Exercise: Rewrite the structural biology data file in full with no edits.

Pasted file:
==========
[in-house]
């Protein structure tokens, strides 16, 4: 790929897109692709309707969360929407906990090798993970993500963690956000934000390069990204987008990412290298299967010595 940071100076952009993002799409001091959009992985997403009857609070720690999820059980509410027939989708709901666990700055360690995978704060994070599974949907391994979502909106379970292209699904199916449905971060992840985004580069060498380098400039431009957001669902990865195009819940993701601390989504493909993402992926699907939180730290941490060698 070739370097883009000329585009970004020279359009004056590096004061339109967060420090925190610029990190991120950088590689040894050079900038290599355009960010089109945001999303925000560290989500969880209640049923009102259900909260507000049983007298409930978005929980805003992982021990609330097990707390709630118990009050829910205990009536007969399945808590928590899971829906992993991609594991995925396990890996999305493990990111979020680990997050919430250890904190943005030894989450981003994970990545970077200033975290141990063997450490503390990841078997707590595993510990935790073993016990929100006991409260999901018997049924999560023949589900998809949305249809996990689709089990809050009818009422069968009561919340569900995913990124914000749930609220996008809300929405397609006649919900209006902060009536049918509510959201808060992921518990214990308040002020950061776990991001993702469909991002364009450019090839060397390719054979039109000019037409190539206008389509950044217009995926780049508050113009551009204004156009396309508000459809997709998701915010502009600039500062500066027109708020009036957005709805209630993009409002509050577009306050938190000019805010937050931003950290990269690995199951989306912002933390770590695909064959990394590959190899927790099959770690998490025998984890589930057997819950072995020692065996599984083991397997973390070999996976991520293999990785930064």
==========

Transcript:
[in-house]
């Protein structure tokens, strides 16, 4: 790929897109692709309707969360929407906990090798993970993500963690956000934000390069990204987008990412290298299967010595 940071100076952009993002799409001091959009992985997403009857609070720690999820059980509410027939989708709901666990700055360690995978704060994070599974949907391994979502909106379970292209699904199916449905971060992840985004580069060498380098400039431009957001669902990865195009819940993701601390989504493909993402992926699907939180730290941490060698 070739370097883009000329585009970004020279359009004056590096004061339109967060420090925190610029990190991120950088590689040894050079900038290599355009960010089109945001999303925000560290989500969880209640049923009102259900909260507000049983007298409930978005929980805003992982021990609330097990707390709630118990009050829910205990009536007969399945808590928590899971829906992993991609594991995925396990890996999305493990990111979020680990997050919430250890904190943005030894989450981003994970990545970077200033975290141990063997450490503390990841078997707590595993510990935790073993016990929100006991409260999901018997049924999560023949589900998809949305249809996990689709089990809050009818009422069968009561919340569900995913990124914000749930609220996008809300929405397609006649919900209006902060009536049918509510959201808060992921518990214990308040002020950061776990991001993702469909991002364009450019090839060397390719054979039109000019037409190539206008389509950044217009995926780049508050113009551009204004156009396309508000459809997709998701915010502009600039500062500066027109708020009036957005709805209630993009409002509050577009306050938190000019805010937050931003950290990269690995199951989306912002933390770590695909064959990394590959190899927790099959770690998490025998984890589930057997819950072995020692065996599984083991397997973390070999996976991520293999990785930064």